I make no pretence to being a theatre reviewer. I simply have the good fortune to live on the edge of London. This gives me the opportunity to visit the theatre every few months. To be fair, I am far more inclined towards musicals than plays, but in recent years I’ve seen a number of excellent plays. The standout play, I have seen this decade, was Red Velvet, starring Adrian Lester. The Lehman Trilogy is equally good, possibly having the edge.
The first act of The Lehman Trilogy starts in the modern day offices of Lehman’s, as the radio announces the failure of the bank. What proceeds is an excellently acted story by a trio of actors, their characters seemingly haunting the modern setting of the deserted bank. The set itself is excellent, rotating and cleverly used by the cast. Despite being sat in the Grand Circle of the Picadilly Theatre, we could clearly see what was going on.
The three actors, Simon Russell Beale, Adam Godley and Ben Miles bring alive the history of the Lehman family from their arrival in the USA. The story flows incredibly well, each actor swapping roles, even genders, to cleverly bring the story to life. A combination of excellent timing and perfect delivery of the funnier lines means that you are completely sucked into the story.
At three and a half hours, including two short intervals, I expected the story to drag. If anything, by the final act, the story is getting a little too light, rushing to the conclusion. However, it still works brilliantly. That the tiny cast can maintain the pace and variety, is a testament to their ability as actors.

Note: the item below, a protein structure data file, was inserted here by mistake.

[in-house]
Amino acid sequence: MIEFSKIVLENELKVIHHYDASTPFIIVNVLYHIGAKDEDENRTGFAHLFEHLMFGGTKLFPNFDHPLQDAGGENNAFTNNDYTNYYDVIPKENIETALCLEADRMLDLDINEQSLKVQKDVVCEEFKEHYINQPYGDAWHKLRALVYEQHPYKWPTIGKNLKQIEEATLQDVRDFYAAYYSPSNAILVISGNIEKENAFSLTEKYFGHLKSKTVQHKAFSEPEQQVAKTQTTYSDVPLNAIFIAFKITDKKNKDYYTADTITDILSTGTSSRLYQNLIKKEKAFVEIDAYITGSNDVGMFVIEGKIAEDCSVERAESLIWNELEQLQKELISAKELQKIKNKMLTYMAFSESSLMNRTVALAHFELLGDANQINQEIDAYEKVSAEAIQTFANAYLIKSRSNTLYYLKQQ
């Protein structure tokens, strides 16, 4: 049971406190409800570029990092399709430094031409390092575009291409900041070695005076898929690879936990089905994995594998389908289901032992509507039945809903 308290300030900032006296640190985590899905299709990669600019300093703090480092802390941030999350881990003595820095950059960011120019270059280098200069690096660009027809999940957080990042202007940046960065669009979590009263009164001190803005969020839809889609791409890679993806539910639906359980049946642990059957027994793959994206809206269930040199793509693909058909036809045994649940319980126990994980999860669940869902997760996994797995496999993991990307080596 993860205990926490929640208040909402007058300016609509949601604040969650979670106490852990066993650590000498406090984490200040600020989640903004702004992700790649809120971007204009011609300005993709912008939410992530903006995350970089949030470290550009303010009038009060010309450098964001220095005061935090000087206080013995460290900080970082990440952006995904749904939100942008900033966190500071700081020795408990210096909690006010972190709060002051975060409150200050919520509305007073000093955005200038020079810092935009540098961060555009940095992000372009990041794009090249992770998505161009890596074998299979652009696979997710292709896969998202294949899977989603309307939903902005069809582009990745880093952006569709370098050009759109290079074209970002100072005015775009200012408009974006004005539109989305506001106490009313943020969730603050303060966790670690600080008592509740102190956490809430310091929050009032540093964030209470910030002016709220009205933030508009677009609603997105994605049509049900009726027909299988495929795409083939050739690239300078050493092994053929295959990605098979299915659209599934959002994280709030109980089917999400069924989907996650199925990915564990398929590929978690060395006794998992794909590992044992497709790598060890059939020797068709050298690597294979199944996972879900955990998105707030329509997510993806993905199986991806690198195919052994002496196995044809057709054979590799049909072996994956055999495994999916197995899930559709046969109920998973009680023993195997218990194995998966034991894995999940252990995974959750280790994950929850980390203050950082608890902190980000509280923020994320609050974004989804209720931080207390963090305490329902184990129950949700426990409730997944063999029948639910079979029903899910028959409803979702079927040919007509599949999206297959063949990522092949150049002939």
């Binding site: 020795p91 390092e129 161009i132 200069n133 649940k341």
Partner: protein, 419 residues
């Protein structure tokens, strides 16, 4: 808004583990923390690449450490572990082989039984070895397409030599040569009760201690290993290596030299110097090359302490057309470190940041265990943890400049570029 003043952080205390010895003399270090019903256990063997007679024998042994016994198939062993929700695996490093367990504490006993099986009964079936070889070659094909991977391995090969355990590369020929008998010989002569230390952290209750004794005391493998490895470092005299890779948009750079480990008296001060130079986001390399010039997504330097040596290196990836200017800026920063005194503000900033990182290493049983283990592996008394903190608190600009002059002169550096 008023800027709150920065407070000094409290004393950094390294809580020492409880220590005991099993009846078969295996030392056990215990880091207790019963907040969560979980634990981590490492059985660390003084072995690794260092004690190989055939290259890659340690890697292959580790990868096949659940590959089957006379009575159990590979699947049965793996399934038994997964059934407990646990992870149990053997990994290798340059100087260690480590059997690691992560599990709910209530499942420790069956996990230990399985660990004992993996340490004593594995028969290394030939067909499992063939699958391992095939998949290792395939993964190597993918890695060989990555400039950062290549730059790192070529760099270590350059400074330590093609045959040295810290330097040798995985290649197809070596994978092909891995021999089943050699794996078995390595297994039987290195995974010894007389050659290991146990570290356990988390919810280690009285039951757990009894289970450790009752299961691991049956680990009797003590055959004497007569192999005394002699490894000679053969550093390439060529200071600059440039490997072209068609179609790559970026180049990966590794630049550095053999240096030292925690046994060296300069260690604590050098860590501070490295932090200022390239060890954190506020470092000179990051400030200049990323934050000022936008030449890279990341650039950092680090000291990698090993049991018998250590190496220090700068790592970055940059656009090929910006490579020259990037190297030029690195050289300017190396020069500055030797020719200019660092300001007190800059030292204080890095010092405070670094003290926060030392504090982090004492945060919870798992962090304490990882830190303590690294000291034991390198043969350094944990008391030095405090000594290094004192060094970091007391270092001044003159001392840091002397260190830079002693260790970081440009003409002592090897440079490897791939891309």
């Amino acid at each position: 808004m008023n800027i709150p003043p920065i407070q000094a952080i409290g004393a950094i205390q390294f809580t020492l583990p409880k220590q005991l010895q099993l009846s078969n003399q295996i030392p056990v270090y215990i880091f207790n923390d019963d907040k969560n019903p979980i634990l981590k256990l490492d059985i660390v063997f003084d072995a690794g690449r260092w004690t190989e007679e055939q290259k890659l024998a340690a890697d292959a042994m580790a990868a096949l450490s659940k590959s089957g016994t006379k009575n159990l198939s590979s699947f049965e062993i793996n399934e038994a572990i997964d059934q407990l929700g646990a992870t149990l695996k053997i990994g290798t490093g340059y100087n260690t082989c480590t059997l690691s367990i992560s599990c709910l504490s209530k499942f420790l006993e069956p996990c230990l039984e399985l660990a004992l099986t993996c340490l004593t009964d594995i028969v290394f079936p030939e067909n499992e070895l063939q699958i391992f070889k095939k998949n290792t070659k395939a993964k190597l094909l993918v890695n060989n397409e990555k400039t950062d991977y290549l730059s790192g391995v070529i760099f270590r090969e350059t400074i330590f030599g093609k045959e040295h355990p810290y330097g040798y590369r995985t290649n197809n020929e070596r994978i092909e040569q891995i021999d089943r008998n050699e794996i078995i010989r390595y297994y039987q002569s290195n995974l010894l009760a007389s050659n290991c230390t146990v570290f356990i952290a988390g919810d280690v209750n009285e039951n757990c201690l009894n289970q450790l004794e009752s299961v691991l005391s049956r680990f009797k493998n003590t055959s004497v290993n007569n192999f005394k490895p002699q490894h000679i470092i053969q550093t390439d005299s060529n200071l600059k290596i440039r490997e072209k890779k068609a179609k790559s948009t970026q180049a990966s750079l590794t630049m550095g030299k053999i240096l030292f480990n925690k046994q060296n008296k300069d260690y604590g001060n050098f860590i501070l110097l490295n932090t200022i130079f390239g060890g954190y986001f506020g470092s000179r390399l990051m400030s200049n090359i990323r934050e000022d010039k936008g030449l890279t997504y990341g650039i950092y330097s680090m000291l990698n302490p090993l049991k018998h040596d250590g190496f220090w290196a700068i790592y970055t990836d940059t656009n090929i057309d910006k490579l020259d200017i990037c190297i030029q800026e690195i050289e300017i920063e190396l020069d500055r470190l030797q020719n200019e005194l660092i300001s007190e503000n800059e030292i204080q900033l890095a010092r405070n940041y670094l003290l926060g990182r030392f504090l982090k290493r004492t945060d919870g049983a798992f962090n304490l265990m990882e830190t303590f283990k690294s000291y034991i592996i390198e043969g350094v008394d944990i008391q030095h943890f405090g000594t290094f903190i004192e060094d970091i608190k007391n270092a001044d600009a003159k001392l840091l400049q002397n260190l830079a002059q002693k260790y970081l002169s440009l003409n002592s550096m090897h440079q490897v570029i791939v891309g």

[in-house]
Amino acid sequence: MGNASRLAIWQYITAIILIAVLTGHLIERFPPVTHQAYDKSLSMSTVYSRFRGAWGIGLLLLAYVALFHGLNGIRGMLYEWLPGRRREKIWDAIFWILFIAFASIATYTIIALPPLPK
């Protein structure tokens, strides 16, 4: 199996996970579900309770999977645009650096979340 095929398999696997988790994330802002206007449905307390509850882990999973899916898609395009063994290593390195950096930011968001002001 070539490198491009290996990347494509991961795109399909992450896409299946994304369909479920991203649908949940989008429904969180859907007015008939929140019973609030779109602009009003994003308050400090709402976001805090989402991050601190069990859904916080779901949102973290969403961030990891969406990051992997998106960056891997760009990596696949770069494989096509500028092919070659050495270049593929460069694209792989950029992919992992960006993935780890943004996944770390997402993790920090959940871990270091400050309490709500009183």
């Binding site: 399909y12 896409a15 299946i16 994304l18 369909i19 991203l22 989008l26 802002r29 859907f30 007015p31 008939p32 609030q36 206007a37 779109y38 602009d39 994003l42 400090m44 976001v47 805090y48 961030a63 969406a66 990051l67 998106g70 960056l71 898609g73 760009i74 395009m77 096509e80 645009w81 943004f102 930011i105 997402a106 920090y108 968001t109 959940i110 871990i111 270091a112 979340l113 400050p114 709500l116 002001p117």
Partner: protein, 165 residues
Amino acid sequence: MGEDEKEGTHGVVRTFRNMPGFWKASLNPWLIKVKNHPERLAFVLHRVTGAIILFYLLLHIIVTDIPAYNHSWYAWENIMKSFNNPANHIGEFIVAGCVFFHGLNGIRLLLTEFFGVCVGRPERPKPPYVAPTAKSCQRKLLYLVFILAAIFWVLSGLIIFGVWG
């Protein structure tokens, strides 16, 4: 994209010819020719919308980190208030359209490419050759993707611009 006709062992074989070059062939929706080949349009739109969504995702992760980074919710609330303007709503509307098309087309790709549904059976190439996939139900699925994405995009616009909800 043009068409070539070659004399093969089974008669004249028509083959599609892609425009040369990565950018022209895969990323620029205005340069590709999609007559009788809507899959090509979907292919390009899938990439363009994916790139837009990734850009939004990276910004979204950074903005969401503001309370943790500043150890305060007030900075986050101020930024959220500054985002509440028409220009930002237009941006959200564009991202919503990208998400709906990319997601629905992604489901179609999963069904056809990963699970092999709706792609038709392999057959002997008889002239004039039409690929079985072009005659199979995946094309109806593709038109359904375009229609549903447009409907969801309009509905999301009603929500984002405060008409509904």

From a historical point of view, the story was easy to plot against the rise of King Cotton; the US Civil War; the railroad boom; Great War; Great Depression; World War; Cold War through to the final collapse of the bank. A handy timeline was included in the programme, allowing you to refresh your mind, although the clever story-telling led the audience through each period.
It was interesting listening to a group of people behind me fitting these pieces together in the second interval, helping them to recognise how the inter-war economy failed – it’s not GCSE History, but it plays true to the narrative students would know. If anything, the play neatly shows the rise of capitalism in the USA and how this specific company fell foul of modern financing and the lack of effective regulation. To be fair, the play does gloss lightly over the more recent parts of the story. It is still very successful at getting across the cut-throat ethos of modern trading. Yet, it would be much harder to engagingly show the audience how Lehman’s manipulated the figures to hide their fatal weaknesses.
With Sam Mendes directing, as well as an excellent cast, superb writing and a cleverly linked musical accompaniment on the piano, this is a play that is worth your time and money.